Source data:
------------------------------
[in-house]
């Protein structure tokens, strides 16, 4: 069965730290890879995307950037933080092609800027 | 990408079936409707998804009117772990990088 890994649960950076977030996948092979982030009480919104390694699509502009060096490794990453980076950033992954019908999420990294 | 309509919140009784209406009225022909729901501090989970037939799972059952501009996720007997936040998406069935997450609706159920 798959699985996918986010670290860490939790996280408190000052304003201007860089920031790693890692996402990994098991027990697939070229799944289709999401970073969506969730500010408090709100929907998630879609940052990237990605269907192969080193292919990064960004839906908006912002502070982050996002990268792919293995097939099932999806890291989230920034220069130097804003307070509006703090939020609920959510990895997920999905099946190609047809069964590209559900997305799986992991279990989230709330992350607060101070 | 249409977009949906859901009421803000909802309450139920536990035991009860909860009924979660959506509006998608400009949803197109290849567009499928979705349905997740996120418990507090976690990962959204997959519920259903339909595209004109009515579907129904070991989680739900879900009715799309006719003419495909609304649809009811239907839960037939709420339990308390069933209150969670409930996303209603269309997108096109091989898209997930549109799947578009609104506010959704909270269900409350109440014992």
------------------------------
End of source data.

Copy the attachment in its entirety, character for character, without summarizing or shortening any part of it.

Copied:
[in-house]
């Protein structure tokens, strides 16, 4: 069965730290890879995307950037933080092609800027 | 990408079936409707998804009117772990990088 890994649960950076977030996948092979982030009480919104390694699509502009060096490794990453980076950033992954019908999420990294 | 309509919140009784209406009225022909729901501090989970037939799972059952501009996720007997936040998406069935997450609706159920 798959699985996918986010670290860490939790996280408190000052304003201007860089920031790693890692996402990994098991027990697939070229799944289709999401970073969506969730500010408090709100929907998630879609940052990237990605269907192969080193292919990064960004839906908006912002502070982050996002990268792919293995097939099932999806890291989230920034220069130097804003307070509006703090939020609920959510990895997920999905099946190609047809069964590209559900997305799986992991279990989230709330992350607060101070 | 249409977009949906859901009421803000909802309450139920536990035991009860909860009924979660959506509006998608400009949803197109290849567009499928979705349905997740996120418990507090976690990962959204997959519920259903339909595209004109009515579907129904070991989680739900879900009715799309006719003419495909609304649809009811239907839960037939709420339990308390069933209150969670409930996303209603269309997108096109091989898209997930549109799947578009609104506010959704909270269900409350109440014992």